investor narrative with an activist point of view in mind. At least
annually, and in times of changing economic or market conditions, step
back and evaluate your investment story and your investor relations
program and practices.
year-end reporting process is an ideal time to assess your company’s
performance and progress for the past year and set the stage for the
year ahead. Refresh your investment messages and make sure you have a
defensible, understandable and compelling story to tell that clearly
communicates your sustainable competitive advantages and explains how
you’re creating value.
story frequently and consistently. Be forthcoming, even if
you’re in the first year of a three-year turnaround. Make sure key
investment messages are consistently and prominently incorporated into
all investor communications: investor presentations, earnings call
scripts, shareholder letters, your investor relations website, SEC
filings and proxy statements.
maintain strong relationships with investors.
investors don’t know you, haven’t seen or heard from you lately or
don’t fully understand your strategy for value creation, it’s a lot
easier for them to side with an activist, who contacted them about
their own compelling value creation agenda.
active and passive investors participate in activist campaigns so it’s
important to communicate with both groups while recognizing that their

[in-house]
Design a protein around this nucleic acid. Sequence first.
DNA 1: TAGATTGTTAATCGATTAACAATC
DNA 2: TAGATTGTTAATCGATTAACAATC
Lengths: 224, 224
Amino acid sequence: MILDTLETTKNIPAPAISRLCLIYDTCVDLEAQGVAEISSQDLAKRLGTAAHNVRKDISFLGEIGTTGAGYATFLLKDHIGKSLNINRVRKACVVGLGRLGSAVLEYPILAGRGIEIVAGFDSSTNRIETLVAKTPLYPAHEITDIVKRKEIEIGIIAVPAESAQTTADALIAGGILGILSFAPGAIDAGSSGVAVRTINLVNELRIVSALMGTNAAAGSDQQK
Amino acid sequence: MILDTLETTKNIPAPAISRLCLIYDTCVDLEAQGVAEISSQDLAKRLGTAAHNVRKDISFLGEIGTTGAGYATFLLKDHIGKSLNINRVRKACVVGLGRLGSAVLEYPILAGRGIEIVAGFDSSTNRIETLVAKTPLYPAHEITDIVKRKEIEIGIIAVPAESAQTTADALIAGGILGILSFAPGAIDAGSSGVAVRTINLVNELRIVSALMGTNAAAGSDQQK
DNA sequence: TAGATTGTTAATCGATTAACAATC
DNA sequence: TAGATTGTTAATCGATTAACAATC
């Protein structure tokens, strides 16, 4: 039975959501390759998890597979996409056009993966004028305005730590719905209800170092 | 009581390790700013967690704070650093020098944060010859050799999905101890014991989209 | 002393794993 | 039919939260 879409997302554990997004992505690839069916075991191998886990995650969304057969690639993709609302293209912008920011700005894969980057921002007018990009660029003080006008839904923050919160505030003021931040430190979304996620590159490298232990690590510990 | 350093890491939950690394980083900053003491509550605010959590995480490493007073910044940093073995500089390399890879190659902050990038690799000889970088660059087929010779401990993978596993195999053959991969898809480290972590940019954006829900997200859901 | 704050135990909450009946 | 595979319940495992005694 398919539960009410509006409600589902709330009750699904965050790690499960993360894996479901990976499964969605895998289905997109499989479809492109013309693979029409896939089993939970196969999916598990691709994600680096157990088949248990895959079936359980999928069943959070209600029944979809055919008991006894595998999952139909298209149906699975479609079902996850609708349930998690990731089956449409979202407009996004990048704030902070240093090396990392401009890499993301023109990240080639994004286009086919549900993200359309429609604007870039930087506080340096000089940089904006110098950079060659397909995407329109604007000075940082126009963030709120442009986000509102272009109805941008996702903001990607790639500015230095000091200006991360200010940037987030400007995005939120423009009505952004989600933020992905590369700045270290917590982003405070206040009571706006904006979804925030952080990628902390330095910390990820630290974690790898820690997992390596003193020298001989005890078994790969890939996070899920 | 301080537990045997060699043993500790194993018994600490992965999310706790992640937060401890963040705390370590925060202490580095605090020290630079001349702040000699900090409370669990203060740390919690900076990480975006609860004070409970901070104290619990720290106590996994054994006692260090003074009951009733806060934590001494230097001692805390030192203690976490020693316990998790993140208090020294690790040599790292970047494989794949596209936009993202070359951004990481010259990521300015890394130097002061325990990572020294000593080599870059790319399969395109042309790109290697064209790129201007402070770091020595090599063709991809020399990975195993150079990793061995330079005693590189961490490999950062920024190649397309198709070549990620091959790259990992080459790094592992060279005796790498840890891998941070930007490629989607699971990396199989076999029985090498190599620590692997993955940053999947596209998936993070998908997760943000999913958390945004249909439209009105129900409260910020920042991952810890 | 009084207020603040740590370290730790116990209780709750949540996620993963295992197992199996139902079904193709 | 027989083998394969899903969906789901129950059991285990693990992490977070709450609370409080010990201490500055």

information needs and engagement practices are very different. If
you’re worried about an activist attack, stock surveillance can be a
work with the sell side to advocate for your company.
your analysts understand your company and your investment thesis and
can effectively market your stock. If you don’t have a champion
analyst or two in the mix, make the effort to cultivate one.
strong market intelligence to stay abreast of issues.
ongoing basis, monitor the evolving activist landscape—both in general
and as it relates to your sector.
the types of issues that activists are raising and how your company
might be impacted by them. Read sell-side research on your company and
peers with a focus on commentary related to the issues activists care
about. Watch for shifts in sell-side sentiment, ratings and price
research on your competitors to see how they are viewed, valued and
discussed relative to your company. Listen closely to the questions
investors are asking at meetings and on earnings calls and the
feedback they provide. If you don’t have a solid handle on how your
company is viewed, now might be a good time for a perception survey
conducted by a neutral and experienced third party.
The job of
an activist is far more difficult when faced with a company that is
self-aware, credible and prepared. Today, every company should have an
activist defense plan in place to avoid being caught off guard and to
ensure the best possible outcome for all stakeholders.
Forbes Finance Council is
an invitation-only organization for executives in successful
accounting, financial planning and wealth management firms. Do
Moira Conlon is the founder and
CEO of Financial
Profiles, a national strategic
communications firm that builds long-term corporate value.
© 2023 Forbes Media LLC.